Provide your email for confirmation

Tell us a bit about yourself

country *
province *

why we ask about location

Please provide your email address


To share your thoughts

Don't have an account?

Login with email

Check your inbox

We just sent a link to your inbox. Click the link to continue signing in. Can’t find it? Check your spam & junk mail.

Didn't get a link?

Sign up

Ready to get started

Already have an account?

Sign up with email

By signing up you agree to Rappler’s Terms and Conditions and Privacy

Check your inbox

We just sent a link to your inbox. Click the link to continue registering. Can’t find it? Check your spam & junk mail.

Didn't get a link?

Join Rappler+

How often would you like to pay?

Monthly Subscription

Your payment was interrupted

Exiting the registration flow at this point will mean you will loose your progress

Your payment didn’t go through

Exiting the registration flow at this point will mean you will loose your progress

Planning for the big R: Retirement

A few days ago I read an article about retirement on Rappler that said that “Most Filipinos are not ready for retirement.”

It was discomforting, more so since I am a financial planner and know the funding needs of retirement and the challenges of preparing for it.

For one, pension received will barely suffice—if at all.

To illustrate: suppose that you are a 35-year-old private sector employee and expecting P15,000 ($321.9) per month pension starting at age 60, this translates to receiving just P5,900 ($126.67) per month today, given an estimated inflation rate today of 3.8%.

Can you live comfortably on P5,900 per month?

When you factor in expenses apart from the usual ones, most notably hospital bills, check-ups, medicine, even caregivers then let’s face it: P5,900 a month would not be enough.

And a company’s retirement package? You’d be lucky if it would last a decade. A P5 million ($107,310) retirement pay would only last 4 years and several months if you are now comfortably living off of a P48,000 ($1,030) per month salary. Then after that, it’s just you and P5,900 per month.

No wonder a lot of retirees and prospective retirees are insecure.

Proper planning

But this should not be the case for us, nor should we have the same fate. With proper planning, we can now reasonably determine how much we need for retirement and how much to set aside for it.

To do that, first determine the level of expenditures expected during retirement. The primary basis for that is your current cash flow. So this means you have to jot down all your expenses per month: transportation, food, groceries, bills, etc then add up other expenses that do not occur per month such as gifts, payments, etc. Now, you have your annual expense.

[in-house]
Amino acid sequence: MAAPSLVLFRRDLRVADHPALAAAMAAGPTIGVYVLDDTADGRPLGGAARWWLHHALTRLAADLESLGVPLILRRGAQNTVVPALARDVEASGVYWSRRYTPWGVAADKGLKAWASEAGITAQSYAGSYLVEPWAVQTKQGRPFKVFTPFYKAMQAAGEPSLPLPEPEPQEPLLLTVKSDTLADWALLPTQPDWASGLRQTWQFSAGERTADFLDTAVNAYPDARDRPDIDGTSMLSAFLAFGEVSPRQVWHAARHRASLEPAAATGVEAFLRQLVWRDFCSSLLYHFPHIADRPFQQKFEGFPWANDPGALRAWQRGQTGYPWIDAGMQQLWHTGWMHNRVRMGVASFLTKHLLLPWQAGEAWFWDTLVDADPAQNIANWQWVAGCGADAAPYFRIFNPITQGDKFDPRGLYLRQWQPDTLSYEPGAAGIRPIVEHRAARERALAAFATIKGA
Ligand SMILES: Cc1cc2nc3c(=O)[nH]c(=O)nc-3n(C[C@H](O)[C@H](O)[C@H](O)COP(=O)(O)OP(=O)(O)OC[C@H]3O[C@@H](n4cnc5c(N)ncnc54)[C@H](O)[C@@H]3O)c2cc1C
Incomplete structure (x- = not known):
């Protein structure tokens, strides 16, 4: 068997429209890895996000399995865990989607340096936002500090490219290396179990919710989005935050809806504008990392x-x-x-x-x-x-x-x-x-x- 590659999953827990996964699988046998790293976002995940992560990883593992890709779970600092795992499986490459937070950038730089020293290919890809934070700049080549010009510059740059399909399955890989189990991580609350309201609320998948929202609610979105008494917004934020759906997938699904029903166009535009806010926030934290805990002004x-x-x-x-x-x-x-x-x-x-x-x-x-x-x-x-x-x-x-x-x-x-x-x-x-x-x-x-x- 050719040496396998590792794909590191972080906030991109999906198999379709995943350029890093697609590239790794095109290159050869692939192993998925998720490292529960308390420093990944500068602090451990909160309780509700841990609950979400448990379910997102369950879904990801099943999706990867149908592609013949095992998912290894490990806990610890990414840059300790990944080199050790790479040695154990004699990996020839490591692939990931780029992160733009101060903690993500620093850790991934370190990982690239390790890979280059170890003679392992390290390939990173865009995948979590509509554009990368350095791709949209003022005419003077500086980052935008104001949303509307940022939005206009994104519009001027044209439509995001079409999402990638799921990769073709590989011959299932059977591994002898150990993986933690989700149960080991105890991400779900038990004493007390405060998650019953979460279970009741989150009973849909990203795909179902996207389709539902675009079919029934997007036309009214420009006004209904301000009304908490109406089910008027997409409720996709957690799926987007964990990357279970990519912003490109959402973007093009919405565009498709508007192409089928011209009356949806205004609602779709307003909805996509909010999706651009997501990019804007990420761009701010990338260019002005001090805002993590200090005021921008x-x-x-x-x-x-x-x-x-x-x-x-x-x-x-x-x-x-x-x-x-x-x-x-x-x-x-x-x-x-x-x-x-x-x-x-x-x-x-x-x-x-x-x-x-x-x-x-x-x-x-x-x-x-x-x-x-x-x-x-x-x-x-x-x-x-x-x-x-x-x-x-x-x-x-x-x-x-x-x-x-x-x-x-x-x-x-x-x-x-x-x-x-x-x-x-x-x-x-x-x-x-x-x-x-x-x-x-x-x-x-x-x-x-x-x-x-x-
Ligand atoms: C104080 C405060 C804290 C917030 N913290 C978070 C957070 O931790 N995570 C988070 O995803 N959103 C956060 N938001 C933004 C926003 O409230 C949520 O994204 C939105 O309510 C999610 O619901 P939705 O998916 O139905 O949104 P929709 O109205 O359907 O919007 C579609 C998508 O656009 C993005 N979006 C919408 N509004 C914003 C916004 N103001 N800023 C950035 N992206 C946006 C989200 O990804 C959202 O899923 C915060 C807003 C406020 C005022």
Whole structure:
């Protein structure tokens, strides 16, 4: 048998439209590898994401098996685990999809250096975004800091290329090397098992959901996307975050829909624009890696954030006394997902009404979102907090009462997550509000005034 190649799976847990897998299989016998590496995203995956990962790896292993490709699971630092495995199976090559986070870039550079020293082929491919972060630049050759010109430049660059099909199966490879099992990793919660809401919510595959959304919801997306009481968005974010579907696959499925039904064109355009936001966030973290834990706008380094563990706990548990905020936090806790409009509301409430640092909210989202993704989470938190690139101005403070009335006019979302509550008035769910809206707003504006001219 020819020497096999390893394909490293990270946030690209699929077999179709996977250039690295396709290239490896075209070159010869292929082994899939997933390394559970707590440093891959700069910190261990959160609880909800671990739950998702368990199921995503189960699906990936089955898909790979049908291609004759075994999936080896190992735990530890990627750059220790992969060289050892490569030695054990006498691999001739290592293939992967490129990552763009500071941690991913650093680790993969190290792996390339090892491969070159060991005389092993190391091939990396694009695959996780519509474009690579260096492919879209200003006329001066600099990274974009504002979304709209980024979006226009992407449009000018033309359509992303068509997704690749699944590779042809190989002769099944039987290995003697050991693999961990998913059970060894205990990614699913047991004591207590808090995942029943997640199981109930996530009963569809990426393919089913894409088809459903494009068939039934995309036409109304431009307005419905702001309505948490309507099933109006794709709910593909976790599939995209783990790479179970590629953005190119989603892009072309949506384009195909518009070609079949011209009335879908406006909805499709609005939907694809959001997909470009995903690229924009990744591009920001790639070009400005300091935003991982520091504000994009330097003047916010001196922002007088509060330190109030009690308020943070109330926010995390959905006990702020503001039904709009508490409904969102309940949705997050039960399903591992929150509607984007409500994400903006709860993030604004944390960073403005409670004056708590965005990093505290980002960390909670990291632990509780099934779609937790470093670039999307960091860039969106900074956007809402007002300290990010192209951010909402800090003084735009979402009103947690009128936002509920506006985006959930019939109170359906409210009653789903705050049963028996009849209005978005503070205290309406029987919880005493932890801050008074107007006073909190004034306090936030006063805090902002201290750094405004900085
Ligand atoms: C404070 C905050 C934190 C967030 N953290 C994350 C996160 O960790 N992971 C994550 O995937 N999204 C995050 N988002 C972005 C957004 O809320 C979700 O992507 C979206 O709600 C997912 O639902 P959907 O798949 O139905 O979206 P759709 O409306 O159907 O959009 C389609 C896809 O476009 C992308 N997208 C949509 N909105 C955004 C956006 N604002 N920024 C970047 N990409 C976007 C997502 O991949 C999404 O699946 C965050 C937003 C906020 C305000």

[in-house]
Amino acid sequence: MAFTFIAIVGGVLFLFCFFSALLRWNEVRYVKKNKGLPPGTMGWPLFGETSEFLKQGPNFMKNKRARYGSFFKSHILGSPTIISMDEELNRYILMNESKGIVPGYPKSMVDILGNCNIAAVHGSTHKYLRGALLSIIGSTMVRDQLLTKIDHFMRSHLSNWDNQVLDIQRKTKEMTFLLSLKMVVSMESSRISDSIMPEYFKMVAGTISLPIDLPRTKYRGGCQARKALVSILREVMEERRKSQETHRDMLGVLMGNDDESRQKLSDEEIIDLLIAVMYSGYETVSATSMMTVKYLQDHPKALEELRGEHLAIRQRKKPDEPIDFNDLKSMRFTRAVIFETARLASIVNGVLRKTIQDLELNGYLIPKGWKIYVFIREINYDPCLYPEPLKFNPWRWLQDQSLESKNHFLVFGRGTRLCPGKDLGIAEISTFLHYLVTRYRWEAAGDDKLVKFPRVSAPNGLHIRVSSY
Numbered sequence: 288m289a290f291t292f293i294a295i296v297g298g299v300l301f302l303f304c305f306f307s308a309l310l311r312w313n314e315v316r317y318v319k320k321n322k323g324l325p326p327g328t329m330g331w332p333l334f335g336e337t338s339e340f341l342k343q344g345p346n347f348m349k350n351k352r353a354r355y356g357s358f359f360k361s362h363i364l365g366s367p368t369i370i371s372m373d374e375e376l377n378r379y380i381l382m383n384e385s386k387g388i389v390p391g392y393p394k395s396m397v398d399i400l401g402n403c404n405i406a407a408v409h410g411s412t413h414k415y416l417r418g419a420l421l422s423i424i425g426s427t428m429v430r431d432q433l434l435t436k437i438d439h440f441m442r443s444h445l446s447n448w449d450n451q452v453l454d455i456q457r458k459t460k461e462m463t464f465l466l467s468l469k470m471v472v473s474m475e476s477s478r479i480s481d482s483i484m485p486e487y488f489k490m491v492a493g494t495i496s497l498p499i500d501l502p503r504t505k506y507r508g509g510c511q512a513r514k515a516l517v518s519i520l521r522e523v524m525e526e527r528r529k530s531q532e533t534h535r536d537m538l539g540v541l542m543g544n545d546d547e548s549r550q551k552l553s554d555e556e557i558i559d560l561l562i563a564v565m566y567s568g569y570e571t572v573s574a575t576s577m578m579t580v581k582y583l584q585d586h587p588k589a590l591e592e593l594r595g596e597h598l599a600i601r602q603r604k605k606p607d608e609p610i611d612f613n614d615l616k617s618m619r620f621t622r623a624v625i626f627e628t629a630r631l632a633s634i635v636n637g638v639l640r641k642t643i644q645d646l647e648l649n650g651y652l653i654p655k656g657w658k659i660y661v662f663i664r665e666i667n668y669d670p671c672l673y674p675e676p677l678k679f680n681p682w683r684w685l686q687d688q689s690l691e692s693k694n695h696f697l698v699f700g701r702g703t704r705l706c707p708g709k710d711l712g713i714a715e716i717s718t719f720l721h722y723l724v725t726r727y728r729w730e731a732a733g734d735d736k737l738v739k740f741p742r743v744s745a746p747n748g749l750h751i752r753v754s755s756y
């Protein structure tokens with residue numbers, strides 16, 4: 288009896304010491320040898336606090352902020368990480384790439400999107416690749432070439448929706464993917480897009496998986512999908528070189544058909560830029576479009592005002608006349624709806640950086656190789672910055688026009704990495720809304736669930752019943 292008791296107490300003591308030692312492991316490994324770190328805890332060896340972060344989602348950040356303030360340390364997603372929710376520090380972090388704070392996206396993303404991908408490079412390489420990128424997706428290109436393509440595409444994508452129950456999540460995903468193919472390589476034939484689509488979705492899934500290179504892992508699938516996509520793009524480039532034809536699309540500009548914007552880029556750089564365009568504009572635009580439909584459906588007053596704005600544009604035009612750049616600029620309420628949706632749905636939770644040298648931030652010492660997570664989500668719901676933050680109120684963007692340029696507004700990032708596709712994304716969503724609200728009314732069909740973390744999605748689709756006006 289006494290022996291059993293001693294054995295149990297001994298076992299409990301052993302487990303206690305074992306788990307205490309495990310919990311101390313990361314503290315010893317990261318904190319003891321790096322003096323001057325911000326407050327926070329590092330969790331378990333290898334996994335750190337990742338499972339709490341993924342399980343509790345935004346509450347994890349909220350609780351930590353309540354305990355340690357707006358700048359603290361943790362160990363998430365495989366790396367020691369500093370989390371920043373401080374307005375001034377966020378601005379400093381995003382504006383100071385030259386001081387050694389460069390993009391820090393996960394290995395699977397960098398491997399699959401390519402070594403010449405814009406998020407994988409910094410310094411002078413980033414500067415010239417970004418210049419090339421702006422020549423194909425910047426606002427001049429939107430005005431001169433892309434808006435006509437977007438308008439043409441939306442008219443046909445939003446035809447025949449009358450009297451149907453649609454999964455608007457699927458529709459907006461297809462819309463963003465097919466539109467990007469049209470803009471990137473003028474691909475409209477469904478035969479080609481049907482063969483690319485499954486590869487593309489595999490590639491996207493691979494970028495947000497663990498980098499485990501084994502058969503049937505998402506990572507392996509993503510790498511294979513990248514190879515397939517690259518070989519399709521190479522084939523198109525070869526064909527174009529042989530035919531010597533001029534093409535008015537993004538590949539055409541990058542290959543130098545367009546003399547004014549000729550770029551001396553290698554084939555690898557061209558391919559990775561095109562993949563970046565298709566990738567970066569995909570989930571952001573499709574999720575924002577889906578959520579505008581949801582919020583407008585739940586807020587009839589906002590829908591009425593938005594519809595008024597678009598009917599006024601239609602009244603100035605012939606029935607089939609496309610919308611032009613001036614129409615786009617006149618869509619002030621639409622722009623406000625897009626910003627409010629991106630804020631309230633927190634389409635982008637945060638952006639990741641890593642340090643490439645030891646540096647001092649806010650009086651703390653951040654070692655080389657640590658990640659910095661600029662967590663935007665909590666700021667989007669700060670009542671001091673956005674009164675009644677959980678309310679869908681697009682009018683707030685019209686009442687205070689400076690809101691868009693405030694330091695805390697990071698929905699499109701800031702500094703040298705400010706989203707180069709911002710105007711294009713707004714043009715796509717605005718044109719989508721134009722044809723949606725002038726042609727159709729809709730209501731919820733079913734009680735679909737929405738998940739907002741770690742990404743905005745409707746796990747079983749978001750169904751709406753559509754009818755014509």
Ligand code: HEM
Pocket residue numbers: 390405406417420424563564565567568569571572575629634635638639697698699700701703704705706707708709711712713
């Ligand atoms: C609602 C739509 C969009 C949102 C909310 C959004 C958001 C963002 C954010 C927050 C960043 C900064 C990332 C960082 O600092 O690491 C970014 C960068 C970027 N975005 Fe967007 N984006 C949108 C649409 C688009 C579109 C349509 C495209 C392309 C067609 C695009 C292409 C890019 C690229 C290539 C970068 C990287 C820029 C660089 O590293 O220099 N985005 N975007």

From this annual expense, the retirement expense can be inferred. One study shows that the level of expense during retirement is between 70% and 80% of the expense before retirement.

For instance, if you are spending P40,000 ($$858.4) per month before retirement, your expenses during retirement would be between P28,000 – P32,000 ( $600.9 – $686.7) per month (or P384,000 / $8241 per year). Makes sense, really, as some expenses would not be there anymore: no tuition fees, you’ll spend less on gimmicks and transportation…although some expenses would come up, chiefly, medical expenses.

Factoring in inflation

With retirement expenses established, then you can project the annual expenses during retirement using a sound inflation rate.

Average historical data from the Bangko Sentral ng Pilipins (BSP) can be used, although projections, which the website Trading Economics can provide may be more reasonable.

For example, a 35-year-old employee with an income of P384,000 per year (or P32,000 per month) would amount to P971,000/year ($20,839/year) at age 60 at current inflation rates.

If the average life expectancy is age 80, the total fund needed at age 60 is P20.4 million, provided that the fund is still reinvested with an instrument equal to inflation, and that only the yearly annual expense is withdrawn.

But that may not be the case as final amount as a retirement lump-sum is also paid, the amount of which should be subtracted from the fund needed. If, for example, a P5 million ($107,310) lump-sum is given, then the fund needed would be down to P15.4 million ($330,517).

Given this target amount, an investment plan now can be made to achieve it. The choice of instrument, its projected rate of return, and the length of investing period largely determine how much should be invested per year or month.

If, for example, a retirement fund is started using an equity fund giving 12% return per year with an investing period of 25 years, then you should set aside P115,000/$2,468 per year (or P8,200/ $175.9 per month, if done monthly) to get to that P15.4 million.

This, however, is just a general run-through of retirement planning. A lot of other factors should also be considered as well, such as where to retire, the desired retirement lifestyle, the long-term health care plans, leaving legacies, etc.

As such, it is best to do it with a professional who knows how to create and design retirement plans, with your needs and best interest in mind. –

Got a question about personal finance? Tweet @rapplerdotcom or email us at

Rienzie is also an accredited investment fiduciary of Pennsylvania-based fi360 and an international member of the Financial Planning Association, the largest association of financial planners in the US. You may reach Rienzie at, his Facebook account or Twitter @rbiolena.

$1 = P 46.59

Retirement plan image from Shutterstock